My father-in-law passed away earlier this month. He was 91 and suffering from dementia, and when we saw him this past December, he was clearly in the end stages of the disease. He asked my 50-year-old husband (his son) where he went to school, and he gazed at my 16-year-old son (his grandchild) as if he were a stranger.
It was heartbreaking.
After we understood the situation we were facing, my husband and I switched gears.
“What did you do for a living when you were younger?” I asked.
Oh, the smile that appeared! My father-in-law could talk for hours about his “glory days,” working as an engineer on Long Island. Even in his state of advanced dementia (a mysterious illness indeed), he was able to recount names and events from his time as the head honcho at a utilities plant. Some 40-plus years had passed, and he told us a detailed account of firing one of his employees, and the aftermath of that decision.
My husband then asked his father if he had ever traveled abroad. Why, “Yes!” he answered. He had been to Japan! He and his wife had gone decades earlier, and they had met so many interesting people. The gardens were just beautiful and the food was nothing like they had tasted before.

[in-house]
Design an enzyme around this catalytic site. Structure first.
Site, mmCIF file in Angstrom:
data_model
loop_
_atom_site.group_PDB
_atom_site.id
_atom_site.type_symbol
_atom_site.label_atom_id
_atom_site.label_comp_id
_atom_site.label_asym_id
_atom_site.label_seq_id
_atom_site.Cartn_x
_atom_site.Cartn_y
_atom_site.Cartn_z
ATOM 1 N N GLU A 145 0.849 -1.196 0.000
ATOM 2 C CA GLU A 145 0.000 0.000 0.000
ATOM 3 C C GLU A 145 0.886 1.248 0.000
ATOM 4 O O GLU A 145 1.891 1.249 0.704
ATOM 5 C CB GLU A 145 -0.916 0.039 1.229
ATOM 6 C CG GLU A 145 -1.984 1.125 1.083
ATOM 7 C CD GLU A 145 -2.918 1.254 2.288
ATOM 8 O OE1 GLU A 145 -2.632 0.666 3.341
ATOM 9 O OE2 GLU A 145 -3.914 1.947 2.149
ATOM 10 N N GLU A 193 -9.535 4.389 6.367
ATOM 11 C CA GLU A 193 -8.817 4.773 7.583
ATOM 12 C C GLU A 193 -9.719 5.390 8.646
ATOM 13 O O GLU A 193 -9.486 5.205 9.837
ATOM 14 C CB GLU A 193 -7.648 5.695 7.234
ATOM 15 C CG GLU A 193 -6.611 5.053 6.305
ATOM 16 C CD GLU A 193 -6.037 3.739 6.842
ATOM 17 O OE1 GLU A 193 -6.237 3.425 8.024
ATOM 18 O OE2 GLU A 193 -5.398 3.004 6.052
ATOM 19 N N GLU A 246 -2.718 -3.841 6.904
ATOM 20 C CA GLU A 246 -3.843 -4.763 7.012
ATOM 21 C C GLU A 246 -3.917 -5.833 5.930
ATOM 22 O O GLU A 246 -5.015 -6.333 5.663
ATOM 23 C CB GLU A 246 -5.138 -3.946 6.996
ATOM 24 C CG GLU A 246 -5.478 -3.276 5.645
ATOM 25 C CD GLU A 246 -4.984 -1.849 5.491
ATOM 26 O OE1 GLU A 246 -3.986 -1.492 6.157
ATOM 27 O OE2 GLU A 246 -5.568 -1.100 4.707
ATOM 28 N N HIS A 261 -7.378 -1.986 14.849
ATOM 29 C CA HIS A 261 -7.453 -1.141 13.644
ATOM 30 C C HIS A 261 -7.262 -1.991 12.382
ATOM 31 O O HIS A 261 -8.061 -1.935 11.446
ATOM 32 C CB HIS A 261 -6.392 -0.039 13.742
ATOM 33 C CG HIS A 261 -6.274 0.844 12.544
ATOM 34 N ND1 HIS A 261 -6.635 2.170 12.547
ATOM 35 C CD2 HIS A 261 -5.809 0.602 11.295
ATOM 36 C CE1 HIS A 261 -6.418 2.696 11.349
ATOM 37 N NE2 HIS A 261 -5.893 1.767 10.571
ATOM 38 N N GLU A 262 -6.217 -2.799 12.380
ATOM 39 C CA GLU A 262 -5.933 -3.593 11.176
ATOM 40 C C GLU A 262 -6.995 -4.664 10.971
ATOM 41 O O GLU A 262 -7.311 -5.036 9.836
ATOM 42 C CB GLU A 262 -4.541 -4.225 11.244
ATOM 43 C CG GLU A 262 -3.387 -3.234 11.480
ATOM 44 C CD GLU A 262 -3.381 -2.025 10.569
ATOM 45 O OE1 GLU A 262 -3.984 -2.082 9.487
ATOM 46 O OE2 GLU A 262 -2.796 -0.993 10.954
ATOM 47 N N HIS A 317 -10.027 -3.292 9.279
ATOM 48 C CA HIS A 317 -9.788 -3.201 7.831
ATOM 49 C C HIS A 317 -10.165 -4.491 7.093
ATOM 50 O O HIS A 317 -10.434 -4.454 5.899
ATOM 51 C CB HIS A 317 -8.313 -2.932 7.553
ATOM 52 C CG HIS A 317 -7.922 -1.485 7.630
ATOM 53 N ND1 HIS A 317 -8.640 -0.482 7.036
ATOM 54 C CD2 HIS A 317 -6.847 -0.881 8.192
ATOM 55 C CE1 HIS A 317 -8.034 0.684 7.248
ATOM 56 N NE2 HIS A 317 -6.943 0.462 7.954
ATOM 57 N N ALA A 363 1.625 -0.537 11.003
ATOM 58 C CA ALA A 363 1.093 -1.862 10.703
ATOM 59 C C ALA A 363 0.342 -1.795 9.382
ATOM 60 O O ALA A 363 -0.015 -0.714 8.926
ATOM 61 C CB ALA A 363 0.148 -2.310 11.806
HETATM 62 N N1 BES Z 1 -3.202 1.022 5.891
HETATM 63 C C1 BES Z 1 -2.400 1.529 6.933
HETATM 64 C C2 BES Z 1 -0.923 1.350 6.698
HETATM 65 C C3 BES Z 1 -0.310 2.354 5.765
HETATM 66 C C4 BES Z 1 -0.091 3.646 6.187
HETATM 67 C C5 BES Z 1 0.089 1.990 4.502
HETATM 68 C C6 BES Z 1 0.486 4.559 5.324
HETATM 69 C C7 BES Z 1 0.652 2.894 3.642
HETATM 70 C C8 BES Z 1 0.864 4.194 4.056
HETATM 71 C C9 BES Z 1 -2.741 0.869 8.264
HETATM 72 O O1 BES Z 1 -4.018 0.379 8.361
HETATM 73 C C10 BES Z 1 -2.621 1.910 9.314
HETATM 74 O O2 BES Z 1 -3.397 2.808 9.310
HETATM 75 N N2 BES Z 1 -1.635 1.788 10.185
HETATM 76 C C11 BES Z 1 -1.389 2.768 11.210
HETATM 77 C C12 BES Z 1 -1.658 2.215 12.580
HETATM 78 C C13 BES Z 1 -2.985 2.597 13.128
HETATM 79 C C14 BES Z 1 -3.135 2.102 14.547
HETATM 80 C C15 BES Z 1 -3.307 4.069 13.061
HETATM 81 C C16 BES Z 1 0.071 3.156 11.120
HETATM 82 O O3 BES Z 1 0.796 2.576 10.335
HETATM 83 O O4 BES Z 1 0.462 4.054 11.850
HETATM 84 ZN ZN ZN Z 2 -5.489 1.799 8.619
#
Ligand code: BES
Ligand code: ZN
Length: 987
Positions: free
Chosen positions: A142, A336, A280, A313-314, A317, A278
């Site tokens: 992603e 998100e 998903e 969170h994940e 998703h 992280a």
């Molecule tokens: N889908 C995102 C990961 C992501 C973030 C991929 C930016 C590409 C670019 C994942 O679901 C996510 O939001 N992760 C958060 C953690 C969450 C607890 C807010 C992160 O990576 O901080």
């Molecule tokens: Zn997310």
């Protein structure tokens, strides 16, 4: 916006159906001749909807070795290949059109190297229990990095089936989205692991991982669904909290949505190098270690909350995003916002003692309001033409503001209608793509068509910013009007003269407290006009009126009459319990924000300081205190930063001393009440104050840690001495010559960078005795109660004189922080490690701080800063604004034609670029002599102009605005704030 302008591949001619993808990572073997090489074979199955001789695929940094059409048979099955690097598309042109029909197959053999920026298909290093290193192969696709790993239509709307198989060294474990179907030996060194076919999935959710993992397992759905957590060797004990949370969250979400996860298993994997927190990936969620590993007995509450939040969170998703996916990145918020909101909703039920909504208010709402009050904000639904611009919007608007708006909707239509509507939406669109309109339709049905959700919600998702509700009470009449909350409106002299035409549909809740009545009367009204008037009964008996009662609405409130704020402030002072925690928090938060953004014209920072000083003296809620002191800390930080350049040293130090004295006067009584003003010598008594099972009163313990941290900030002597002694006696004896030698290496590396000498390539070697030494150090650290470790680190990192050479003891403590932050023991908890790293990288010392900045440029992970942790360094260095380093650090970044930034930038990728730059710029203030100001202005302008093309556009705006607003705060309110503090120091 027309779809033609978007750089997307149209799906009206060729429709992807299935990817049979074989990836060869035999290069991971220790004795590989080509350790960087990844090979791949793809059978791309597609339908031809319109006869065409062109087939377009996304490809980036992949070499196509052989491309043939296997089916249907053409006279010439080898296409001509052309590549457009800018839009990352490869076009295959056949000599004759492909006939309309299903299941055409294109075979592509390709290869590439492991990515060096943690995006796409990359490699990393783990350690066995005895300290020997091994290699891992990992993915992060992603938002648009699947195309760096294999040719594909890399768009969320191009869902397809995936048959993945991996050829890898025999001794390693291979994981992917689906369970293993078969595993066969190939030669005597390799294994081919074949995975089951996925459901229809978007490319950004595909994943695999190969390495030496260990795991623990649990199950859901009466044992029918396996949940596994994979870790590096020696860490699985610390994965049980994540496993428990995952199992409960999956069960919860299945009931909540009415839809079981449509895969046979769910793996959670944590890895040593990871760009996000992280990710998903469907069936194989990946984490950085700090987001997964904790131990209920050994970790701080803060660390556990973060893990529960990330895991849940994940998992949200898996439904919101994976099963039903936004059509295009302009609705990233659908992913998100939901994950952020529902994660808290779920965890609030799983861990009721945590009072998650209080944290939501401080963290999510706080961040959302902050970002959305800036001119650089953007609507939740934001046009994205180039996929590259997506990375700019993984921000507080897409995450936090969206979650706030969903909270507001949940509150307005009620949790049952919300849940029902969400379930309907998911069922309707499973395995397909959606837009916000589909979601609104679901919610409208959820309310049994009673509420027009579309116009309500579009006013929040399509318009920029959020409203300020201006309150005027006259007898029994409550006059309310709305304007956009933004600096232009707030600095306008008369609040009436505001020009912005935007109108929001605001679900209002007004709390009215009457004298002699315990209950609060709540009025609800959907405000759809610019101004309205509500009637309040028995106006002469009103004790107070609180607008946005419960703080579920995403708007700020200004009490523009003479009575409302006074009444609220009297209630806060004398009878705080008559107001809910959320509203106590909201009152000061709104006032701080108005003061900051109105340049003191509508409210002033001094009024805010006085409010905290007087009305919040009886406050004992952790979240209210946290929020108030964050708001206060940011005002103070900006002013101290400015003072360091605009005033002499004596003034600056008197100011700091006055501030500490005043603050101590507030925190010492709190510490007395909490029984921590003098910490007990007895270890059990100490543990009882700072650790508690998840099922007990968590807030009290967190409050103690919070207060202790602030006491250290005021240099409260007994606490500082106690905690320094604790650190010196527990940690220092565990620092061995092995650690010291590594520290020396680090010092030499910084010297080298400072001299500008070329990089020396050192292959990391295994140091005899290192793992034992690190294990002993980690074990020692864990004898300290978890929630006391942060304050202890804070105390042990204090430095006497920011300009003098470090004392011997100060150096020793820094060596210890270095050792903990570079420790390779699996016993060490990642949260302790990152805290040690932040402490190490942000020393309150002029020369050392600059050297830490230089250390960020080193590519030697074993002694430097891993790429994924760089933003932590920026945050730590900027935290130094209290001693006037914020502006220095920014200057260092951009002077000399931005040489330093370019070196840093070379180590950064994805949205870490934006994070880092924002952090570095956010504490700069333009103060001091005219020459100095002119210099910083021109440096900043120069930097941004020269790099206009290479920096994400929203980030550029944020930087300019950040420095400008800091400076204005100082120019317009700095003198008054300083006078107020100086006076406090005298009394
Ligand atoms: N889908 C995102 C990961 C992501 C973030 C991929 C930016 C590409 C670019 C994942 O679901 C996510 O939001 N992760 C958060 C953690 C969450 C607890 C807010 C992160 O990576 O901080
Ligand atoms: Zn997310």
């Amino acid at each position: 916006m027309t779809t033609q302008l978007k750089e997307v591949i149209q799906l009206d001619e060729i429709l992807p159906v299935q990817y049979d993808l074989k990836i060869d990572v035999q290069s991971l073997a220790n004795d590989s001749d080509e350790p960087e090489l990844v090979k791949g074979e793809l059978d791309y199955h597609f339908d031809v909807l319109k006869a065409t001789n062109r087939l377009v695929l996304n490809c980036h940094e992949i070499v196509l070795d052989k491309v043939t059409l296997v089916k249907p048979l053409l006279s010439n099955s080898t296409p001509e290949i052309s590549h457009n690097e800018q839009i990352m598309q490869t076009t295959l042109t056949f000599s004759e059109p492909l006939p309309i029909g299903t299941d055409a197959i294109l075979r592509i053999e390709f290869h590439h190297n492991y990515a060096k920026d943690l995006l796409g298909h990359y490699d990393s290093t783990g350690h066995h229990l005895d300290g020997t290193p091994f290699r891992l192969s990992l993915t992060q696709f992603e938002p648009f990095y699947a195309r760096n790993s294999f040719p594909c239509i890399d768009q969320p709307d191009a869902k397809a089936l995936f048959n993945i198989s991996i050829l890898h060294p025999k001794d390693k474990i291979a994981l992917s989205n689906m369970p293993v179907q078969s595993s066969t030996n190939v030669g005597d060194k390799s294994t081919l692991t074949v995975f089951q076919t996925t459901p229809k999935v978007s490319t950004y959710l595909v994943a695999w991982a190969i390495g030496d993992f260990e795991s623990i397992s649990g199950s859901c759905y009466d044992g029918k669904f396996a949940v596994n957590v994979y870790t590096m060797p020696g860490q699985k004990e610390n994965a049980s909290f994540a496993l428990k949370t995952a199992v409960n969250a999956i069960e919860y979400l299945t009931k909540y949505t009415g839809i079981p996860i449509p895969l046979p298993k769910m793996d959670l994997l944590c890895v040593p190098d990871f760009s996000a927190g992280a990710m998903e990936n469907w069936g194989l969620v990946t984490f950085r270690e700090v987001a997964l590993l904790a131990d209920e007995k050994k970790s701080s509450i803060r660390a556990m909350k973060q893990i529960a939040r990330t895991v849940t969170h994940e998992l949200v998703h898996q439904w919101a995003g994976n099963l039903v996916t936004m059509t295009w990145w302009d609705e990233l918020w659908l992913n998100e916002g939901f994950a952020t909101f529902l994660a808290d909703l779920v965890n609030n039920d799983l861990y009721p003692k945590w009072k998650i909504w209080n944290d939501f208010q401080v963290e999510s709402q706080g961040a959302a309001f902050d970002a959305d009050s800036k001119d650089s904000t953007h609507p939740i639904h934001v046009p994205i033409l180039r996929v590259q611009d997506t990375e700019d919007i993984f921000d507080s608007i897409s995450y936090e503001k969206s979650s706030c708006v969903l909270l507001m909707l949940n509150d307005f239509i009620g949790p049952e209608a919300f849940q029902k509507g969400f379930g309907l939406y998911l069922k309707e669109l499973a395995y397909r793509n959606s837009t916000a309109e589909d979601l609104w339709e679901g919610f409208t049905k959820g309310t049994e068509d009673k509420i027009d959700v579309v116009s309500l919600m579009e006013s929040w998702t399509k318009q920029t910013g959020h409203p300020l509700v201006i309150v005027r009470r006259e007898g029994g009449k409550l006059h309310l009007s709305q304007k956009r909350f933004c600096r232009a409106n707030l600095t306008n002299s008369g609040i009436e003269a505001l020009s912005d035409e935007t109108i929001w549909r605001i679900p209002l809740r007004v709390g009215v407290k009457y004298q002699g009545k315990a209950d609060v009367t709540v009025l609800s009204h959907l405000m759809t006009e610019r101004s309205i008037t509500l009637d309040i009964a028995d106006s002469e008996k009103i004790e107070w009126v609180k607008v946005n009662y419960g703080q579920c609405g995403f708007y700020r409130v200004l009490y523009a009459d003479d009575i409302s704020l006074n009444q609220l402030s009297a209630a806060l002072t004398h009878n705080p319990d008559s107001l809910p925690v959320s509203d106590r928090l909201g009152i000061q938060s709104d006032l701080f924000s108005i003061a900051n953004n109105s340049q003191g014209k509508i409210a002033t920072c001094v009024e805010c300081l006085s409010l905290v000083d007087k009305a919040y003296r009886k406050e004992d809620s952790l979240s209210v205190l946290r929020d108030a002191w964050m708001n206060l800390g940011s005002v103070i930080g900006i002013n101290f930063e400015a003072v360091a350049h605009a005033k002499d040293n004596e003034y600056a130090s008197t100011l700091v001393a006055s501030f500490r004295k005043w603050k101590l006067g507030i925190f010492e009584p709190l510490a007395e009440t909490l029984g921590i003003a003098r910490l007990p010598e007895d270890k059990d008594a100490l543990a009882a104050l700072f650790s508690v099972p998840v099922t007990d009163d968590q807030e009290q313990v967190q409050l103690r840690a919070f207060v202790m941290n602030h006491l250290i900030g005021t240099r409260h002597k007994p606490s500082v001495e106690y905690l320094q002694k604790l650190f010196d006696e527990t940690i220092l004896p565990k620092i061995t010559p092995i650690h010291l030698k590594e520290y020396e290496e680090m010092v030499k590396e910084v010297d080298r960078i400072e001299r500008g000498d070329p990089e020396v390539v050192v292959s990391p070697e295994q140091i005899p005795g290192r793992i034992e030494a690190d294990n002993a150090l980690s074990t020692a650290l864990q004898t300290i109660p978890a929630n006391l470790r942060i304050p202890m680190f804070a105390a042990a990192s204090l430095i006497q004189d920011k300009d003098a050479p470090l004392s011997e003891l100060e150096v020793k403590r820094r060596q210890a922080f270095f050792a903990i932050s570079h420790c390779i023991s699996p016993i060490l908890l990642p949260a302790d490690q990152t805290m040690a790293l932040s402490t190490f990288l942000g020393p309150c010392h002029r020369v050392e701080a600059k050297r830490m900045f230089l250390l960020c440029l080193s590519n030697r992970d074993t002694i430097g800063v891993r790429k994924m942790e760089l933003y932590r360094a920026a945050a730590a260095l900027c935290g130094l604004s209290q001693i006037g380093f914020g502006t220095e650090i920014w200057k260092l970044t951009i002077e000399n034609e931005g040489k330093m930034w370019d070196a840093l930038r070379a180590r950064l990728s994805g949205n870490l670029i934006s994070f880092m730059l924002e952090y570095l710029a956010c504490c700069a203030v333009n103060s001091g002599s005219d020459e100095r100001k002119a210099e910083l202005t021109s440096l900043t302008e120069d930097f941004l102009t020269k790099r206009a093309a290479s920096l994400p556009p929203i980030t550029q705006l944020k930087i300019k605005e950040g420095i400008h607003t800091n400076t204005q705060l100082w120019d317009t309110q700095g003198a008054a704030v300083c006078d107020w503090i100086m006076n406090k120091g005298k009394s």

We had heard these stories many times before, of course. He was 91 after all, and my father-in-law was a talker, but we felt such joy listening to him recite them again. Here he was – unaware of who we were or where he was. But he could tell us of the coworker who became a lifelong friend and of a meal he ate at a particular restaurant in Asia.
That talk was the last real conversation we had with him. Less than three months later he was gone.
What could have been a desperately sad visit that December—one filled with the painful realization that his time was coming to an end—instead became a precious opportunity to allow my father-in-law just a few minutes to soak in the life he had when life was good. When pride and joy, not sickness and confusion, were his companions.
While everything is still fairly fresh, I think that in the future, when I think back on my father-in-law, I will remember that December visit. And I will forever be thankful that my husband and I switched gears. That we gave him the chance to feel content.
I am by no means an expert on working with people with memory issues. But my father-in-law taught me a lot that day. Maybe you can take something from our experience too.
Goodbye dear father-in-law. And thank you.